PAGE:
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Full Version: (OT) Pandigital expression (HP-48,49,50g)
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Today is Sunday, but it's also the national date for some members of this forum. The following is kind of a celebration. Notice all digits from 0 through 9 are present and have been used only once. Perhaps FIX 6 should be used for proper day format.

Congratulations !

Edited to correct a language mistake

Edited: 14 July 2013, 4:52 p.m.

hmm. i'm out by nearly a millenium.

> (0!+sqrt(2)+14*14/75!/(10^6+89))^3

must be this mystery (-,75) thing?

any hints.

must be this mystery (-,75) thing?

For you probably rather (-.75)! = 3.62560990822.



Gamma(1/4) would be nicer, but then 1 and 4 had already been used.






forever and ever amen.

thank you!

the flux capacity is now fixed!

> (0!+sqrt(2)+14*14/-.75!/(10^6+89))^3

for a while i was thinking (-1,75)! ie (-1+75i)! which doesnt end up in our spacetime even :-)

Wolfram Alpha will understand (0!+Sqrt[2]+Sq[14]/((-.75)!*(Alog[6]+89)))^3.
Originally pandigital expressions would involve only arithmetic operators, but I think the use of Sq, Sqrt etc., when available, makes things a bit more interesting. Sure this is a futile puzzle, but I didn't spend more than thirty minutes on this one :-)

Too bad most programming languages don't have this feature. Back in the day I changed a few bytes in the ROM of my MSX computer. The result was fair enough :-)

Thanks, this is a nice one! I'm curious about the methodology you used to get it...

I'm curious about the methodology you used to get it...

Me too, especially after learning that it only took you 30 minutes to find it. Nicely done!

keystrokes                       display          comments

14.072013 STO A 14.072013
LN 2.64418793126 ~ pi^2/6 + 1
pi ENTER * 6 / 1 + - 1/X +/- 1340.23897721 nothing interesting after trying a
few functions and multiples
RCL A sqrt sqrt sqrt sqrt 1.1797018602 again, nothing interesting here
RCL A 3 1/x y^x 2.41426761738 ~ sqrt(2) + 1 -- this looks promising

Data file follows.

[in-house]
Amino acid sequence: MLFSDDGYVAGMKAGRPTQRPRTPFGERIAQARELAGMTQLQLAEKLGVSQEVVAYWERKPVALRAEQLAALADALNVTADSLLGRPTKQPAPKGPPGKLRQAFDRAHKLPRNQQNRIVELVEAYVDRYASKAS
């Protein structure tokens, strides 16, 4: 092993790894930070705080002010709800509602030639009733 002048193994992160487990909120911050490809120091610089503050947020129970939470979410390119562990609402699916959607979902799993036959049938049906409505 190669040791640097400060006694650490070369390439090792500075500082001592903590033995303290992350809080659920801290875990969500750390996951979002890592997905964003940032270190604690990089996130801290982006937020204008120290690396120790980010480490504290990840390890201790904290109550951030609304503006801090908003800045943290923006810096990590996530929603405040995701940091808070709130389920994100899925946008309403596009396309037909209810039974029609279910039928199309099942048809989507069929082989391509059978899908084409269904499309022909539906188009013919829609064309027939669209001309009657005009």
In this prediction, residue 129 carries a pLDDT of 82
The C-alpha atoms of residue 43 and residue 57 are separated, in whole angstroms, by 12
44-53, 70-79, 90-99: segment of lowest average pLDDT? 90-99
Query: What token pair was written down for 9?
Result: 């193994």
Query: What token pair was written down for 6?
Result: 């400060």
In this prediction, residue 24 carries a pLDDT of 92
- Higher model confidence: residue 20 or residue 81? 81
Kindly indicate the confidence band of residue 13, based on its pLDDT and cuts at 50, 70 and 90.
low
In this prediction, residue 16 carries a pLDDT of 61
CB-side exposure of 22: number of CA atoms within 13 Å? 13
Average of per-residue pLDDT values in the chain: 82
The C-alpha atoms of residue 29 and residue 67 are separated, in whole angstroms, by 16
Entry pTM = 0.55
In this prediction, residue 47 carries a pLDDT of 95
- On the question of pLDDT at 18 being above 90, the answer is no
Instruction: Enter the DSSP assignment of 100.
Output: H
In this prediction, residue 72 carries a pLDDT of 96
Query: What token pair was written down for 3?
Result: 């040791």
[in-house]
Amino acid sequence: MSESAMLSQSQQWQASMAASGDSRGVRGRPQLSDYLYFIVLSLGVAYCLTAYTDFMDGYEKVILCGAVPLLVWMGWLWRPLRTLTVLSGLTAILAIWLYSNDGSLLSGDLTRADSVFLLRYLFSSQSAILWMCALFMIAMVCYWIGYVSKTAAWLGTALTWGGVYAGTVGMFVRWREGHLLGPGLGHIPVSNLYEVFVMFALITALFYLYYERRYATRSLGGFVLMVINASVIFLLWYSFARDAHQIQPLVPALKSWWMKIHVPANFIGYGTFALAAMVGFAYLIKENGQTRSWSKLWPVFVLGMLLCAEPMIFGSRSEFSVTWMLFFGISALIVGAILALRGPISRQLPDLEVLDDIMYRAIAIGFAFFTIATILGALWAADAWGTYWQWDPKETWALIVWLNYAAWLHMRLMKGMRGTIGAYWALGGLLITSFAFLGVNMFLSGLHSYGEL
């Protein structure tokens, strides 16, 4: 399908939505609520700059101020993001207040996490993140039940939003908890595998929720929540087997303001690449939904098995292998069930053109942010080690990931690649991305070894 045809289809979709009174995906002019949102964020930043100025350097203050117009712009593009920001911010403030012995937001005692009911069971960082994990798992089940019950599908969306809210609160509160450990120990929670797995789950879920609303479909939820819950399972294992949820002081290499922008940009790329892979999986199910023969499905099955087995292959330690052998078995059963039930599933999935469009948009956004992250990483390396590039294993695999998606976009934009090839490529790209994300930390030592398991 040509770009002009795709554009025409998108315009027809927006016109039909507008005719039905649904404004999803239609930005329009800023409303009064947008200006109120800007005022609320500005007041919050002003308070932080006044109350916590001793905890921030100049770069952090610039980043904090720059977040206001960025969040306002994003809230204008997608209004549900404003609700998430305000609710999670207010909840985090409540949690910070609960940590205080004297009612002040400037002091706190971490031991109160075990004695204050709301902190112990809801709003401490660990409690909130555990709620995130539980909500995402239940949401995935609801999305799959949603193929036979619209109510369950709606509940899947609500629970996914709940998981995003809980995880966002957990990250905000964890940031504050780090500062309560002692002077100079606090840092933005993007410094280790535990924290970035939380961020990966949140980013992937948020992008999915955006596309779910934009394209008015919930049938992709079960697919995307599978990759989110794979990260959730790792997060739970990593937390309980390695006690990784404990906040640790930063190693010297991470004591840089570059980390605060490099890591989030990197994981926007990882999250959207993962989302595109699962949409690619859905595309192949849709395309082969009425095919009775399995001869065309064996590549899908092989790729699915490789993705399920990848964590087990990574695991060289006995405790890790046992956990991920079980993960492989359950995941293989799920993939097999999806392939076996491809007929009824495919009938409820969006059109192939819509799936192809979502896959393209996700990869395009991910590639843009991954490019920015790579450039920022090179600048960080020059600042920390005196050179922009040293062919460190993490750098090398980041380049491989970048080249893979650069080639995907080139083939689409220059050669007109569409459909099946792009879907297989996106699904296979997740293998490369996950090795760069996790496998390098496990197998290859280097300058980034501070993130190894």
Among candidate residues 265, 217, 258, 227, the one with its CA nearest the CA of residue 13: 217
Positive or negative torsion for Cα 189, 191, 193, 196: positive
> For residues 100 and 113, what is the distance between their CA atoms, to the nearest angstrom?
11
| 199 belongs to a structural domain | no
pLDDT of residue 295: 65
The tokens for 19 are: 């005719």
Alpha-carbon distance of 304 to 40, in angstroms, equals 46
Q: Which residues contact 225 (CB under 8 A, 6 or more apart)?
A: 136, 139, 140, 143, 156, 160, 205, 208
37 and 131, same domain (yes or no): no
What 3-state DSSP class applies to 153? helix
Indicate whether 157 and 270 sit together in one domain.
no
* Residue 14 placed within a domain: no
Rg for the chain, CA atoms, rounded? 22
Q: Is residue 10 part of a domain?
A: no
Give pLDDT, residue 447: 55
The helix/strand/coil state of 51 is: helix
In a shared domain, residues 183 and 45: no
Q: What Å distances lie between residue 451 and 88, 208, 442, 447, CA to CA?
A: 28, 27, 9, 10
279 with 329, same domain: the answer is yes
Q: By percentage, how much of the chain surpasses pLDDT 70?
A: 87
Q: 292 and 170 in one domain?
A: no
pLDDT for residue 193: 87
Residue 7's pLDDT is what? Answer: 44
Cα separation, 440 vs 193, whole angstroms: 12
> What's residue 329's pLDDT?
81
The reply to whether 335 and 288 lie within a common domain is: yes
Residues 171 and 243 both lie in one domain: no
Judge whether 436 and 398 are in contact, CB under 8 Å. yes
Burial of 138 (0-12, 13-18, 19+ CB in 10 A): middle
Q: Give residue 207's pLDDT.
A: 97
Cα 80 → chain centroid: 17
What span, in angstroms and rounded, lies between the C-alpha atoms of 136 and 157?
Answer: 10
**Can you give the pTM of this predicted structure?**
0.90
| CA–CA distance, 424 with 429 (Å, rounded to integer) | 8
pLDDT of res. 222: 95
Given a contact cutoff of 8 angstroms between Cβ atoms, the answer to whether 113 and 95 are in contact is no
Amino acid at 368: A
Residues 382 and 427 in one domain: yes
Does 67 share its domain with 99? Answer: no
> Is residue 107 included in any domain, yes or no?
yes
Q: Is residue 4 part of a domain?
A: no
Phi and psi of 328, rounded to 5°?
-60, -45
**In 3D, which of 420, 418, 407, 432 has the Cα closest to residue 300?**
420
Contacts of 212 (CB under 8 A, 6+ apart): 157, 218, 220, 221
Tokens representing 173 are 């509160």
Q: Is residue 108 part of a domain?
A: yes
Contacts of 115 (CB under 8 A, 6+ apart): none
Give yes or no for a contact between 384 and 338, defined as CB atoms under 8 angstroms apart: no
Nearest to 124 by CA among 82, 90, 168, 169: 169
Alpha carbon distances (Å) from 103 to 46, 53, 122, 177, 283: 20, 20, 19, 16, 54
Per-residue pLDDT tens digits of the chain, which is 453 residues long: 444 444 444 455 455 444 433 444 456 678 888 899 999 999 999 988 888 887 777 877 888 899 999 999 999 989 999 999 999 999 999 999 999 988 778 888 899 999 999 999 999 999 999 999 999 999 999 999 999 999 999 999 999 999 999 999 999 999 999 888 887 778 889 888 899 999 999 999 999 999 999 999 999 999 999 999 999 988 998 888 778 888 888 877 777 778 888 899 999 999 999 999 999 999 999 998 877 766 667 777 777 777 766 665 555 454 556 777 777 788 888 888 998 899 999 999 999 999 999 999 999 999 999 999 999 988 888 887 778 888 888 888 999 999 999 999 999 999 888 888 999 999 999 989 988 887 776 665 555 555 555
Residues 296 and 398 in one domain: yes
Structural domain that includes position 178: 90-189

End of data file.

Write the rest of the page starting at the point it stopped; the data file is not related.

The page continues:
2 sqrt - 1 - 1/x STO B 18499.6728333
3 * 55499.0184999 here we have

(sqrt(2) + 1 + 3/55499)^3 = 14.0720130004

but the 5-digit constant is almost as long
as the number we want to represent, also
it is not interesting. So let's try other
RCL B ENTER ENTER ENTER + 36999.3456666
+ + + + + + + + + + + + + 277495.092497

... (very fast keystrokes, I may have missed
some interesting results)

+ + + + + + + + + + STO C 3625935.87485 the first four digits match those of
4 1/x 1 - x! / 1000089.9067 now we have

(196/(gamma(1/4)*(10^6 + 90)) + sqrt(2) + 1)^3

= 14.0720129999

Again, not interesting enough, but after
noticing 196 = 14^2 and gamma(1/4) = (-0.75)!
we can try a pandigital expression. There are
repeated digits (0, 1 and 2) and 8 is missing.
Replacing 90 with 89 solves the latter and
eliminates one repeated 0, 1 can be written as
0! and 14^2 as Sq(14). Also Alog(x) can be used
for 10^x, so we finally have

(Sq(14)/((-.75)!*(Alog(6) + 89)) + Sqrt(2) + 0!)^3
14 ENTER * .75 +/- x! / 6 10x
89 + / 2 sqrt + 0 x! + 3 yx
DISP FIX 6 14.072013 = 14.0720130009

Calculator: HP-32SII
Shifts have been omitted in the keystrokes listing above

3625935.87485 the first four digits match those of gamma(1/4)

Of course we all know that by heart. Let's be honest: who would not think immediately of that?
Gerson, you're just amazing!



3625935.87485 the first four digits match those of gamma(1/4)

Of course we all know that by heart.

Well, at least the first few digits of a few constants we all do.

Not exactly a scientific methodology, but I guess W|A is not capable of this kind of thing [yet] :-)



Of course we all know that by heart.

You literally took the words out of my mouth. I'm still amazed by Gerson's procedure!


Thank's !

I tried to find another pandigital expression for this without success

A similar "method" yielded 'e*XROOT(12,e^(-3*4)+5.6789)' four years ago (this can be appended to '0+' to include all 10 digits, in ascending order!). And that took only 5 minutes :-)
It was only a matter of luck in both occasions, though. No idea for this year's Pi Approximation Day...



I don't think I would have found this one if I had started by trying to find it in the beginning. As I said, I was lucky I came up with an almost ready-made pandigital expression :-)



I'm late but :


In french date format of course ;)

Très bien !
And you already have the ones for the next two years :-)

To find this, I use the FACTORS command of the 50G (or the ifactors of the Prime):



Edited: 19 July 2013, 6:01 a.m.